There will be some SPOILERS here. A review of all of Season 7 will follow.
The series finale of Deep Space Nine is about twenty-five minutes too long. If these episodes has ended with the conclusion of the Dominion War, and an epilogue showing what happens to all of our favorite characters on the space station after everything was over, I may have given this story a 4-star rating.
But, as always, we had to deal with that whole Celestial Temple/Prophets/Emissary storyline that I’ve never really liked for seven seasons. Captain Benjamin Sisko is denied his happy ending after finally witnessing the death of Kai Winn and causing the ultimate death of Gul Dukat. He has to go live with his Prophet Mama, leaving behind his pregnant wife and grown son. He tells Kassidy that he’ll be back, but he doesn’t know when. That’s some weak writing, my friends.
To add insult to injury, Odo, who has pined away for Kira Nerys for six seasons before winning her heart, ends up leaving her to rejoin the Great Link to cure his people and teach them to care for the solids as he has. Not for a short vacation, but forever.
This ending sucked, if you’ll allow me to be a bit crude. After what was a rousing, even inspiring, conclusion to the war between the Dominion and the alliance between the Federation, and the Klingon and Romulan Empires, I expected something better. I expected more closure.
You won’t find that here.
I find myself in the same situation I found myself after finishing the series Lost. This is a series that I truly enjoyed watching, with characters I grew to love—or, in some cases, grew to love to hate—but now I hesitate to recommend it to others because of one episode: the last one.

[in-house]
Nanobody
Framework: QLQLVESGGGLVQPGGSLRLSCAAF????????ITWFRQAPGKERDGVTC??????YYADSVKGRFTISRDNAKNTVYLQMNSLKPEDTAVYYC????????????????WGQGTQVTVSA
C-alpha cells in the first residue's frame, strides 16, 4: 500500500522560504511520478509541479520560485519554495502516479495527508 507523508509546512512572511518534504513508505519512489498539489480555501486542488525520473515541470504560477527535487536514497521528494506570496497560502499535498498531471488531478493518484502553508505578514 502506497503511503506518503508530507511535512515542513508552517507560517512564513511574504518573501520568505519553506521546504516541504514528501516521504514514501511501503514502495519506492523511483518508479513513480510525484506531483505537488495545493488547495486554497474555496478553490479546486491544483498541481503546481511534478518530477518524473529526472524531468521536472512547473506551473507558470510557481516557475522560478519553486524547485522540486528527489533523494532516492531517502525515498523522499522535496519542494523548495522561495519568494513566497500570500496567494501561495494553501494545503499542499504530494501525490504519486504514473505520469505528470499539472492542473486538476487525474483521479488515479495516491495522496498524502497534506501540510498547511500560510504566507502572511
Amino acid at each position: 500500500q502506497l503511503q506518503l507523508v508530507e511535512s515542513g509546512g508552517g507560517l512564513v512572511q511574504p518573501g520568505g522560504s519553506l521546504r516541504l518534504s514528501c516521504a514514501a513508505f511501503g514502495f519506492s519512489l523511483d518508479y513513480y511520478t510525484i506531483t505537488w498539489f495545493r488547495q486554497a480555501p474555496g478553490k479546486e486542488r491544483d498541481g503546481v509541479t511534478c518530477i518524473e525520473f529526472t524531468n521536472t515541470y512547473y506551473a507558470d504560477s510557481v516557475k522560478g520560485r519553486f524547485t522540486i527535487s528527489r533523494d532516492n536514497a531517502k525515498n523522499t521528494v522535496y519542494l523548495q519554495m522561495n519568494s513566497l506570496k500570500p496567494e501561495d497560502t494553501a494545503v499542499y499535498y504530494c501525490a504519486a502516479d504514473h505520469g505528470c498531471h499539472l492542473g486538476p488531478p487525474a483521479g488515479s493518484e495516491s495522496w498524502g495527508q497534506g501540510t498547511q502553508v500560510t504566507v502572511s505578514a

I understand that endings are tough. In life, as in fiction. There’s always a hint of sadness when something comes to an end. But, the ending to DS9 includes the ending of nearly every relationship on the space station once known as Terek Nor.
Sure, Dr. Julian Bashir and Ezri Dax are at the beginning of their relationship, but even that came only after Worf and Ezri realized they didn’t belong together. The rest is just a list of broken pairings.
Benjamin Sisko and his wife. Ben and Jake. Ben and his baseball, even.
Odo and Kira. Heck, even Odo and Quark.
Bashir and O’Brien, who is moving back to Earth to teach at Starfleet Academy. Bashir and Garak, who has returned to what’s left of Cardassia after the war, as he is no long an exile.
Rom left the station before the finale to become the Grand Nagus. Worf is leaving to become a Federation ambassador to Klingon, I think. It’s just too much for me.
In spite of my very real complaints about this two-part episode, I doubt that the conclusion of the Dominion War could have been handled any better. For that alone, I give this one 3.5 out of 5 stars.
All things considered, I guess we’re lucky they didn’t throw Morn out of an airlock. At least his relationship with Quark’s is still intact.